How to look smarter during brainstorming sessions
Office life
Are you someone who, time and time again, comes up empty-handed during brainstorming and collaborative team sessions? Well, if you can't get any better at it, why not fake it? Take our tips on how to pretend you know what you're doing...

Let's be honest—no one likes spontaneous brainstorming (or any other collaborative) sessions and being put on the spot.

Have you ever been surrounded by colleagues frantically scribbling and shouting their ideas around the room while your mind is blank? Well, here’s how you can come into the new year looking switched on even if you’re still feeling a little blank minded.

Fake it till you make it…

Use long words

When brainstorming aloud with your colleagues, use the longest words you can think of. Pull out the big shots with words like 'conflating', 'amalgamate', and 'ubiquitous'—they'll probably google them when they return to their desks.

Make charts, graphs, & diagrams

Start making charts, graphs, or diagrams on your computer or notepad. Create a smart-looking and all-confusing chart, graph, or diagram to begin 'laying down the groundwork' and make sure they see it—it’s not really worth the effort if they don’t.

Or be the facilitator of the group and show up with a whiteboard, flipchart, or a stack of post-it notes. If anyone retaliates and says you’re not contributing enough remind them that they’re using your supplies.

Maintain eye contact & ask questions

When someone in the team voices their opinion, look them in the eye. We don't mean make them uncomfortable by staring but look engaged by giving them your undivided attention. Appear smart by nodding your head, agreeing, and adding the occasional 'mmm', 'could you elaborate that further?', and 'will it scale?'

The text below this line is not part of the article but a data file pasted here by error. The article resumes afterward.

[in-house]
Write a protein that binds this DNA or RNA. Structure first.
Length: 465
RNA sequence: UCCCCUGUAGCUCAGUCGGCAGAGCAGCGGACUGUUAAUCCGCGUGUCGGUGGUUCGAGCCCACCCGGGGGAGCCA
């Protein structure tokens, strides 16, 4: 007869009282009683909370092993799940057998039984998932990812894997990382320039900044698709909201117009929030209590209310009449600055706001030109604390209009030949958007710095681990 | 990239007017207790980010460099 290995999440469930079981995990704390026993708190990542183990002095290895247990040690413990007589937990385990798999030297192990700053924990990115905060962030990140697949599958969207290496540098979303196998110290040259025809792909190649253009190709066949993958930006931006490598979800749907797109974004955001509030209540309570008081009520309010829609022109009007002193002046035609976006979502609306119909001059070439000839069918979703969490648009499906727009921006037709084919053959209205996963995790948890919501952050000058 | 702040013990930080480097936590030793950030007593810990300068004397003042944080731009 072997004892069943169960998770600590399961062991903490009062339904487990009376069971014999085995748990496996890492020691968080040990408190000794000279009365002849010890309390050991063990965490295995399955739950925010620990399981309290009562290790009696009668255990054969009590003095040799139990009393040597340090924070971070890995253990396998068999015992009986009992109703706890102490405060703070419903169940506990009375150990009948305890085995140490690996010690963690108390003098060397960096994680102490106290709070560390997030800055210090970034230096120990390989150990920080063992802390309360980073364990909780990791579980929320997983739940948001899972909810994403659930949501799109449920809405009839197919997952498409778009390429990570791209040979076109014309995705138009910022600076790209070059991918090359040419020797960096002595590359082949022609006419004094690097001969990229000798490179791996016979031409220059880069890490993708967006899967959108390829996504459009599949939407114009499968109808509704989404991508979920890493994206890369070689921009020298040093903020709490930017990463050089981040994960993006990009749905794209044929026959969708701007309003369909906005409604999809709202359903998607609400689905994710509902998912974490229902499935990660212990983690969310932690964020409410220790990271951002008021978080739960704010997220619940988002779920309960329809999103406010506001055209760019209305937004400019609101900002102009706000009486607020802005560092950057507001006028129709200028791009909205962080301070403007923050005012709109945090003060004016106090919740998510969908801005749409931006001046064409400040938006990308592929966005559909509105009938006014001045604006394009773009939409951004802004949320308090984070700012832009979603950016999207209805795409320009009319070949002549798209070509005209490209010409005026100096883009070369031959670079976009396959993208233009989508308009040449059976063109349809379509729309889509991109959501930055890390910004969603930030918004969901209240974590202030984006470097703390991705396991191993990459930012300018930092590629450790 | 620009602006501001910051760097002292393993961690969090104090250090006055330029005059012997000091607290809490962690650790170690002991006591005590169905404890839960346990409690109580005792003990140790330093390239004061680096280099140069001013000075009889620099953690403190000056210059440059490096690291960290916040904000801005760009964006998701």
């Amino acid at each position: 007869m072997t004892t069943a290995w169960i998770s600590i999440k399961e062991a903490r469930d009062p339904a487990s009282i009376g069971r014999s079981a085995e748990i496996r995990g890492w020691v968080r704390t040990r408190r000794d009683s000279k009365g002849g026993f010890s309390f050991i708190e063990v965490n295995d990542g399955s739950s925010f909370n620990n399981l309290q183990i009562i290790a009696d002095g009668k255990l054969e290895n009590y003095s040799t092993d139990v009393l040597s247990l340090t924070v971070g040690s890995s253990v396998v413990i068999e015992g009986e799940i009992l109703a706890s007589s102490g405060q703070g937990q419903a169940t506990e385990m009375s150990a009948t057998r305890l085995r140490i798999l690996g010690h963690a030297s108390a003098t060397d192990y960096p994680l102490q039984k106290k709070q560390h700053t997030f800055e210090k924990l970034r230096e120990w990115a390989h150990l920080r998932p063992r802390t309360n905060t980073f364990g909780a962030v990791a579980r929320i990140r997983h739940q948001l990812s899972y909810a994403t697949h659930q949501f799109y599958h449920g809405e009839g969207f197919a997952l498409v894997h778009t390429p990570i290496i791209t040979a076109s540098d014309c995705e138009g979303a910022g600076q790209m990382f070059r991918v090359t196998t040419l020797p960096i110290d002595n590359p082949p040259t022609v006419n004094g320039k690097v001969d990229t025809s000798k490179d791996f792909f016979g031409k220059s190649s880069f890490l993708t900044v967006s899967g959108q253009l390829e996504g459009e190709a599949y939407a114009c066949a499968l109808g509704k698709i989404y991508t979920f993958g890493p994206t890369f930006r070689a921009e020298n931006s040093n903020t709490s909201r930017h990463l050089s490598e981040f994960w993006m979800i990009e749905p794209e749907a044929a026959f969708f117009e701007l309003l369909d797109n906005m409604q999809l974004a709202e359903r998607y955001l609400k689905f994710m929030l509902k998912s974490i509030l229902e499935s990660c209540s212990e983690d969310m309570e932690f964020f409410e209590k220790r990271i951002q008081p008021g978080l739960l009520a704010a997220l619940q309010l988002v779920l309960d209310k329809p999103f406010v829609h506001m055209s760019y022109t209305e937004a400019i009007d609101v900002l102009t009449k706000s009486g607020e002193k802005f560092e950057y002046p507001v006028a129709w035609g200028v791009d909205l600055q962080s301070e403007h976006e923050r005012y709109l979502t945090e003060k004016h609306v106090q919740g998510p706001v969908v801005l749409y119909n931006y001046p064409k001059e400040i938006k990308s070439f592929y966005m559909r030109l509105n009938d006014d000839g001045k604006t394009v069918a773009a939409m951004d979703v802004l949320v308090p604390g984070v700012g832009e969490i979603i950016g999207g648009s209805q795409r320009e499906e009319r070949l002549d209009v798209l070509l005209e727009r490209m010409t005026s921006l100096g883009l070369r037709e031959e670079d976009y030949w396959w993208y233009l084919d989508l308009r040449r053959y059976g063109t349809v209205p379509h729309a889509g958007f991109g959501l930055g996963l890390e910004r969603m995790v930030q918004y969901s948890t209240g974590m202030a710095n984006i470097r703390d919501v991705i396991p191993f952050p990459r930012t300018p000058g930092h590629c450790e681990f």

Wear glasses

Yes, it's obvious, but it works. If you can pull off wearing glasses, you'll trick everyone into believing you're a wiz at your job, because you must be smart if you’re wearing glasses, right?

When brainstorming, tap your pen against your forehead or chin to make them think you're coming up with brilliant ideas. If they try to interrupt your 'thought process', say something like 'hang on, I don't want to lose my train of thought'. You’ll seem important.

Say, 'yes, that's evident'

If your colleague says something interesting or intelligent that you start beating yourself up over for not saying first, act like you knew it by replying with 'yes, that's evident'. Because you knew it already, right?

Use quotes

Quote a few things that will make you look intelligent and knowledgeable… but don't overdo it, or you’ll come across like you’re overcompensating, and nobody wants that.

Assert your intelligence by quoting an authoritative figure or take it up a level by spouting a fact or study relative to your work. No one will question it, and everyone will think you know what you're talking about—so it’s not a bad idea to memorise the fact like your life depends on it.

On a serious note, do you have a question for us? If you’re a job seeker on the lookout for your next role or a hiring manager looking to fill a position, contact us at Just Digital People! We’re here to help you succeed.